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It’s taken a while to process what happened. The massacre that occurred inside the newsroom of The Capital Gazette in Minneapolis on June 29th reveals the truth in daily concerns. It also reminds us – it very loudly reminds us – that what newspapers do on a daily basis is important.

Even in a small town like ours, the newspaper staffs that work in our community hold a certain truth. They sit through meetings so that you don’t have. They report on how tax dollars are spent and on how sports teams practice. They let you know how your elected officials vote, and how your booster clubs spend fundraised dollars. They inform you of problems with roads and problems with beaches and problems on our public buses. And these same newspaper staffs then give you a forum for your input. Relationships are built between these staffs and you, the readers.

Relationships are also built between these reporters and your elected officials and your governments. This is not a light task.

On a larger scale, such work can be dangerous. But, even in a small scale like our own, the truth that we produce that can hold a real threat. We do not say these words for pity or praise. We want to remind you, our readers and our neighbors, that such work requires trust and respect. To ensure that our work remains important, it requires that you, our readers, stay engaged. You are the heartbeat to what we do. And we can only hope that such a heartbeat is compassionate toward our community.

This editorial is not an idea unique to our own staff. The Miami Herald recently published an editorial pleading with readers (citizens) to give newspapers their worthy due. The editorial also gave respect and paid tribute to those who killed in that mass shooting. The S.C. Press Association has also recently published editorials and social media posts on the same notion.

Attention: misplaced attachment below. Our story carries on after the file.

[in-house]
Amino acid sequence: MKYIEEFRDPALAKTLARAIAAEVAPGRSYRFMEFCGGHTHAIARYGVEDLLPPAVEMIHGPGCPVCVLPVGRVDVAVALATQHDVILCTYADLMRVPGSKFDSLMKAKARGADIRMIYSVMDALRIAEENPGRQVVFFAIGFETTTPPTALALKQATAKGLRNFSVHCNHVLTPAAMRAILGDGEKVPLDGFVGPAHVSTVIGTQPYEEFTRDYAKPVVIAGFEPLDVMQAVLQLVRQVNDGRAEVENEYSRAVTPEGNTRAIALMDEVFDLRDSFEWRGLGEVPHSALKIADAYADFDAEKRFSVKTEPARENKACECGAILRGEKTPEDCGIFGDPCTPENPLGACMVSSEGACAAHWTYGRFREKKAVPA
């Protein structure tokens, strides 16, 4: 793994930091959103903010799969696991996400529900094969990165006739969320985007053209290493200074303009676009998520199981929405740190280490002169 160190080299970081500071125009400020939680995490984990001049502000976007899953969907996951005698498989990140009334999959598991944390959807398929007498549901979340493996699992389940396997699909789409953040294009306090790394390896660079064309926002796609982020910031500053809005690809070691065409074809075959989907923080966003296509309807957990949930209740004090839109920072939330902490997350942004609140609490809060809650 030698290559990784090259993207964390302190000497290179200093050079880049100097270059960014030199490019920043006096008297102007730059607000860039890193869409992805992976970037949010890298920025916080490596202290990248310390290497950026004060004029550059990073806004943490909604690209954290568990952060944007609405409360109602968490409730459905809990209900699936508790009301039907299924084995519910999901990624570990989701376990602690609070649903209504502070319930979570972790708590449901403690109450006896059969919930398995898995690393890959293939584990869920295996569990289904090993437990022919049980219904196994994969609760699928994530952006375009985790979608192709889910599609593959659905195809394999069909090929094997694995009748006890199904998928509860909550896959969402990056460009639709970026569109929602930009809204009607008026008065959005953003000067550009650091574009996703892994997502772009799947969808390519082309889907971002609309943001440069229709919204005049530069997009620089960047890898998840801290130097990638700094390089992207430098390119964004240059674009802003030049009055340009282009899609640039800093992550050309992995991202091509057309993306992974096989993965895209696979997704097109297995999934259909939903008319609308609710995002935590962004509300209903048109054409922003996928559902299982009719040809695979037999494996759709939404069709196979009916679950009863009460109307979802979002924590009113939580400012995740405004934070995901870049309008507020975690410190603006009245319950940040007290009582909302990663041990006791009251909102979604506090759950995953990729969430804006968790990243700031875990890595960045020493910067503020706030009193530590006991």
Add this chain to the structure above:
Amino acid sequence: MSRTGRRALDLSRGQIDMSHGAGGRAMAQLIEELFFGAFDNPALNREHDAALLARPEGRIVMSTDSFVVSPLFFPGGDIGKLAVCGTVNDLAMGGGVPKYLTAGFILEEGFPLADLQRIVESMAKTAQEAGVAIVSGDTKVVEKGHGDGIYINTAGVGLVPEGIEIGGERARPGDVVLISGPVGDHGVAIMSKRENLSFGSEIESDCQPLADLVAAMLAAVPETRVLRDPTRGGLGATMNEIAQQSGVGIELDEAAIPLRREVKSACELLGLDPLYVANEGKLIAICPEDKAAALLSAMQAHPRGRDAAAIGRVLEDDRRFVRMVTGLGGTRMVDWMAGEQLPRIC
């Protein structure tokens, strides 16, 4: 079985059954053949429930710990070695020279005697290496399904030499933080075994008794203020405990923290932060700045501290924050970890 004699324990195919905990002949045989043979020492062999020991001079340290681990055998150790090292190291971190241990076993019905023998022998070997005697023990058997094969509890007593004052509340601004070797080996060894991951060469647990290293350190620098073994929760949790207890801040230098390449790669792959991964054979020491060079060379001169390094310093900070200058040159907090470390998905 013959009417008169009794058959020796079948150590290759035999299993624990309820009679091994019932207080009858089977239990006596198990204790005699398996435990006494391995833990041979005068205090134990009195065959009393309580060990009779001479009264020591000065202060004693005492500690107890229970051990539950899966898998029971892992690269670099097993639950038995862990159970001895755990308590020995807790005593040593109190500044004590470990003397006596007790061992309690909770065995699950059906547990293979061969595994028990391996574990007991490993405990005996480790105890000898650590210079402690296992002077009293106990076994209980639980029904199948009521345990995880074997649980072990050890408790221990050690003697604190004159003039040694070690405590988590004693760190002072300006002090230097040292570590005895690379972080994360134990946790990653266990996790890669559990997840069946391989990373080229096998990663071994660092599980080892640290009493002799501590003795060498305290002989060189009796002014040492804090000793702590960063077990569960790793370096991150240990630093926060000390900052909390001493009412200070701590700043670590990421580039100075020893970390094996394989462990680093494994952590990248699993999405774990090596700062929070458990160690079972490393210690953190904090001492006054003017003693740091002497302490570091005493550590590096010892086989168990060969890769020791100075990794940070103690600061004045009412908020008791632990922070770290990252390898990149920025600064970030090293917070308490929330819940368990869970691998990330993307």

These papers and the associations that represent them are choosing to speak on the topic because it is important. People must never be injured or killed for presenting a truth or for being a present part of our community. Respect is needed. Now. We don’t have to agree with the words that come from our neighbors. But we must respect their right to say them. Or write them. Or agree with them. Or disagree with them. Words hold power. They are a voice and a tangible back-and-white proof of daily movement happening inside our communities. But, it is respect that is the tide that carries our society. That level of respect will also carry our newspaper business, and our safety as working newspaper staff members and reporters, from one day to the next.

We value what we do for you. And we ask for your continued support.

Heather Walters (1494 Posts)